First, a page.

The Solicitor-General: We decided last year to take a fresh look at how we can achieve our objective of enhancing accessible-taxi provision, and there was a consultation that closed on 24 April. We asked members of the public, groups and organisations whether the regulations were the right way to deal with the issue. We are still analysing all that. Many of the issues raised by hon. Gentlemen have absolute reality and I accept that completely. The possibility of people migrating to become private hire only is an issue that we must countenance. The possibility that there could be an area in which there were no accessible taxis because of the provision is something we need to look at.
There are protections within the four corners of clause 154, which deals with the issue properly, whereas clause 157 deals with exemptions. There has to be a consultationthe hon. Gentleman referred to the Disabled Persons Transport Advisory Committee. The Secretary of State has to be satisfied that any exemption is appropriate, and he or she can put terms upon it. However, I readily accept that there is a need for us to come back and say to the House what we will do about the issue.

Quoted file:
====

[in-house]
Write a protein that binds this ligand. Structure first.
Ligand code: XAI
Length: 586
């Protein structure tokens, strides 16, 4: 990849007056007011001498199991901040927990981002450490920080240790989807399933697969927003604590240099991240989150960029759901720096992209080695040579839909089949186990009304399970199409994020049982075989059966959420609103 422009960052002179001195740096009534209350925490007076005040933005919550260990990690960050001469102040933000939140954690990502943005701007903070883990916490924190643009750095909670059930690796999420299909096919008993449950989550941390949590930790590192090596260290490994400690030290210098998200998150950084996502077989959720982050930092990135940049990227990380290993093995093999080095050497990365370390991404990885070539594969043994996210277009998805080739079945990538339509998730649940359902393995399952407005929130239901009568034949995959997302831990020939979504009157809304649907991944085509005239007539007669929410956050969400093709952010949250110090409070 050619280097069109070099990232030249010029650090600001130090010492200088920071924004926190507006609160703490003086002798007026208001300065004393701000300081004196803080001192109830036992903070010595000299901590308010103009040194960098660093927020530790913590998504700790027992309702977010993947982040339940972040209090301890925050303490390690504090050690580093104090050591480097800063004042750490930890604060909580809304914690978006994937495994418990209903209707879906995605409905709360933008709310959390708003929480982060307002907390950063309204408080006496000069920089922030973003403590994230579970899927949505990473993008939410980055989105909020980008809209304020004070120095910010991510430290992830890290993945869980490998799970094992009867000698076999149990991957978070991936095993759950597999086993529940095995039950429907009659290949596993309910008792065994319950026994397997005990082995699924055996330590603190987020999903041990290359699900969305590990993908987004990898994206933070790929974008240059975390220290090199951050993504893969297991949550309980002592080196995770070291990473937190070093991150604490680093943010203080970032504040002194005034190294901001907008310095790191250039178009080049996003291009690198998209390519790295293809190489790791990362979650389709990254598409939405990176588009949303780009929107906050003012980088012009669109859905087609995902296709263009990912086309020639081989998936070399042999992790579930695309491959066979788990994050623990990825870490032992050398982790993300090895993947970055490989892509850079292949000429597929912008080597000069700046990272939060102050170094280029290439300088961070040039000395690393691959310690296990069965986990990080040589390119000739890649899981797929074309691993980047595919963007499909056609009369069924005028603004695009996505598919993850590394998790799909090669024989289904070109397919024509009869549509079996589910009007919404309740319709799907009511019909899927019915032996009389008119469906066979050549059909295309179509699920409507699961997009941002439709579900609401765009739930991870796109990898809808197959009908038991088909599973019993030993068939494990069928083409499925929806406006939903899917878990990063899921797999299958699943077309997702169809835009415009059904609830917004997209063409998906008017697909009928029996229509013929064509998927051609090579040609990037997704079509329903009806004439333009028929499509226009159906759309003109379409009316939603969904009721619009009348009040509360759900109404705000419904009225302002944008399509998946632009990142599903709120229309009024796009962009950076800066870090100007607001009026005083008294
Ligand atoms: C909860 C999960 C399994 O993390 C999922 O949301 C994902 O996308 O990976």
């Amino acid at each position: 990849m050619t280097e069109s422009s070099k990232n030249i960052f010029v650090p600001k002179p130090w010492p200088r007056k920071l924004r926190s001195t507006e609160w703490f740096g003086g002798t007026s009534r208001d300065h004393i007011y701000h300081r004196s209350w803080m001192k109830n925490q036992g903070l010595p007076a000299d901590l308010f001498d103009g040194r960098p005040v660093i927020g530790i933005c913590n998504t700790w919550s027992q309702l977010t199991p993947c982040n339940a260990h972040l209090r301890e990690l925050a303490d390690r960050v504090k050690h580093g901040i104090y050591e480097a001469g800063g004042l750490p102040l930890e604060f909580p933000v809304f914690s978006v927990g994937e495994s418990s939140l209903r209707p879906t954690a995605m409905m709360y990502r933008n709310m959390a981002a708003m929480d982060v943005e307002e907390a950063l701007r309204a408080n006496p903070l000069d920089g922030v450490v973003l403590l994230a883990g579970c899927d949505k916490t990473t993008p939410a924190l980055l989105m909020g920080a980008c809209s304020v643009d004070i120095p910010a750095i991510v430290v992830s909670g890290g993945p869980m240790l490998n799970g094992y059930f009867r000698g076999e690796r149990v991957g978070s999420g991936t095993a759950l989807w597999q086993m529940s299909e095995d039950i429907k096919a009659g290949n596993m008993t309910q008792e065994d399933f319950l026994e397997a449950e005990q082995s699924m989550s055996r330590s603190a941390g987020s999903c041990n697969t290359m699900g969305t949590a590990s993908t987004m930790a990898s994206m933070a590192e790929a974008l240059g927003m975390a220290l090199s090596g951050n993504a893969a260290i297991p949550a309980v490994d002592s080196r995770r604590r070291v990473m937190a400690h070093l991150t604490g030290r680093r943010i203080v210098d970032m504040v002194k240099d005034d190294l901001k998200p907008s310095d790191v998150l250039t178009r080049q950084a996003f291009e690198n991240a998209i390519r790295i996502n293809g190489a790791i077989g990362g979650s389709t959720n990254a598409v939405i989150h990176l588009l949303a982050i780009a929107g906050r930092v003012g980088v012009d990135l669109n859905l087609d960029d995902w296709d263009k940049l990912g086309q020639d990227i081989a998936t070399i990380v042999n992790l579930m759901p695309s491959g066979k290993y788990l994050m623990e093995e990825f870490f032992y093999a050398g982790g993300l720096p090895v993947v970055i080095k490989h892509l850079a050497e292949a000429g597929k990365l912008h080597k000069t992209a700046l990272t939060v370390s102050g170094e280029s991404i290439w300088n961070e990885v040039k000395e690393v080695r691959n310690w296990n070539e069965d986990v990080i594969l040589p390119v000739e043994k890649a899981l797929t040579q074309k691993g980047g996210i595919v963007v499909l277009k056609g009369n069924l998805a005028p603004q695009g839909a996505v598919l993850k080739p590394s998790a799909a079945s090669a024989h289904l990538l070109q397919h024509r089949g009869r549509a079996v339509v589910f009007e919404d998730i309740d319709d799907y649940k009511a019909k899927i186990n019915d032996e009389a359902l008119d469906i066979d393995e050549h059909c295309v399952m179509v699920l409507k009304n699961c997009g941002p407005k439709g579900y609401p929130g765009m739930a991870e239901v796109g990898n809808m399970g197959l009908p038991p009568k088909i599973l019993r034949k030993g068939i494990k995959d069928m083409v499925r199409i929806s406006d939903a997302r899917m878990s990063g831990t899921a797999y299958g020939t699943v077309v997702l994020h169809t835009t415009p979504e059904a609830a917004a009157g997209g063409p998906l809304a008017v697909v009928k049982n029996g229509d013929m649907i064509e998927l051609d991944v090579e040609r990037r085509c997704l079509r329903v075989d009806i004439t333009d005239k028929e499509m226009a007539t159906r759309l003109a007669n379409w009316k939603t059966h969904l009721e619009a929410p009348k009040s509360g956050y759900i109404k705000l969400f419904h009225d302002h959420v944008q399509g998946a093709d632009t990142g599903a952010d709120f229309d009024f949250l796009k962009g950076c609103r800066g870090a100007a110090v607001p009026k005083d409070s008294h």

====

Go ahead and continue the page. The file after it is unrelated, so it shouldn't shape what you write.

Mr. Boswell: I appreciate that the Solicitor-General is in some difficulty because she does not speak for the Department for Transport, but will she ensure that it at least takes seriously the continuing monitoring of the situation, as well as setting up the framework on day one, which I am sure it will do plausibly and sensibly? However, it is delivery that will matter.
The Solicitor-General: Yes, I will, and we will have the responses to the consultation analysed by September. The Bill will be discussed on Report at the other end of recess, so we will have an opportunity to discuss this again. On that clear undertaking, for the time being I invite the hon. Member for Forest of Dean to allow the clause to stand part of the Bill.
Mr. Harper: That is helpful, and I am grateful for confirmation of when the Solicitor-General expects the Bill to be considered on Report. We will look at the Department for Transport response to the consultation.
Given the Solicitor-Generals clear assurance, we will wait for the consultation and then discuss on Report what should be done.
Question put and agreed to.
Clause 157, as amended, accordingly ordered to stand part of the Bill.
Clauses 158 and 159 ordered to stand part of the Bill.